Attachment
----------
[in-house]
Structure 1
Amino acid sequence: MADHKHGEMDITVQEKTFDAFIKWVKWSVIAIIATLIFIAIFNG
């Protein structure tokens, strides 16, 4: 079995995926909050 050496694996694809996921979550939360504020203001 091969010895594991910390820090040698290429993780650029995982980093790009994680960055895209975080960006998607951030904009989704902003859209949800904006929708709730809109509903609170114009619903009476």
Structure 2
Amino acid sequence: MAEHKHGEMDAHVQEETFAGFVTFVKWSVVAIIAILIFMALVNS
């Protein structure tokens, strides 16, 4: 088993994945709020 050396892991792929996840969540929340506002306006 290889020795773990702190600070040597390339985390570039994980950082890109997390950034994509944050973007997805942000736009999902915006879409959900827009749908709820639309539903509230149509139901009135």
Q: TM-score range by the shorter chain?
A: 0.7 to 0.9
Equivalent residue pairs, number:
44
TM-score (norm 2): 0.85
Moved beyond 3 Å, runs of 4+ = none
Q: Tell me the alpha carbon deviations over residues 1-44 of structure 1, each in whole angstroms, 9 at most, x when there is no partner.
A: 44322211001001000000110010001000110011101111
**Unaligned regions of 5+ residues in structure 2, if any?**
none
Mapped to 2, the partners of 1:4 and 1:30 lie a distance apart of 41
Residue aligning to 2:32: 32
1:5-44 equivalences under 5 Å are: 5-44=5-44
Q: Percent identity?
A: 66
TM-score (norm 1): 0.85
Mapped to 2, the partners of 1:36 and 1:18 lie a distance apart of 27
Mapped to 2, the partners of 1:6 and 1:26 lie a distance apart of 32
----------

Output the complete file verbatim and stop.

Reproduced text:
[in-house]
Structure 1
Amino acid sequence: MADHKHGEMDITVQEKTFDAFIKWVKWSVIAIIATLIFIAIFNG
């Protein structure tokens, strides 16, 4: 079995995926909050 050496694996694809996921979550939360504020203001 091969010895594991910390820090040698290429993780650029995982980093790009994680960055895209975080960006998607951030904009989704902003859209949800904006929708709730809109509903609170114009619903009476």
Structure 2
Amino acid sequence: MAEHKHGEMDAHVQEETFAGFVTFVKWSVVAIIAILIFMALVNS
């Protein structure tokens, strides 16, 4: 088993994945709020 050396892991792929996840969540929340506002306006 290889020795773990702190600070040597390339985390570039994980950082890109997390950034994509944050973007997805942000736009999902915006879409959900827009749908709820639309539903509230149509139901009135």
Q: TM-score range by the shorter chain?
A: 0.7 to 0.9
Equivalent residue pairs, number:
44
TM-score (norm 2): 0.85
Moved beyond 3 Å, runs of 4+ = none
Q: Tell me the alpha carbon deviations over residues 1-44 of structure 1, each in whole angstroms, 9 at most, x when there is no partner.
A: 44322211001001000000110010001000110011101111
**Unaligned regions of 5+ residues in structure 2, if any?**
none
Mapped to 2, the partners of 1:4 and 1:30 lie a distance apart of 41
Residue aligning to 2:32: 32
1:5-44 equivalences under 5 Å are: 5-44=5-44
Q: Percent identity?
A: 66
TM-score (norm 1): 0.85
Mapped to 2, the partners of 1:36 and 1:18 lie a distance apart of 27
Mapped to 2, the partners of 1:6 and 1:26 lie a distance apart of 32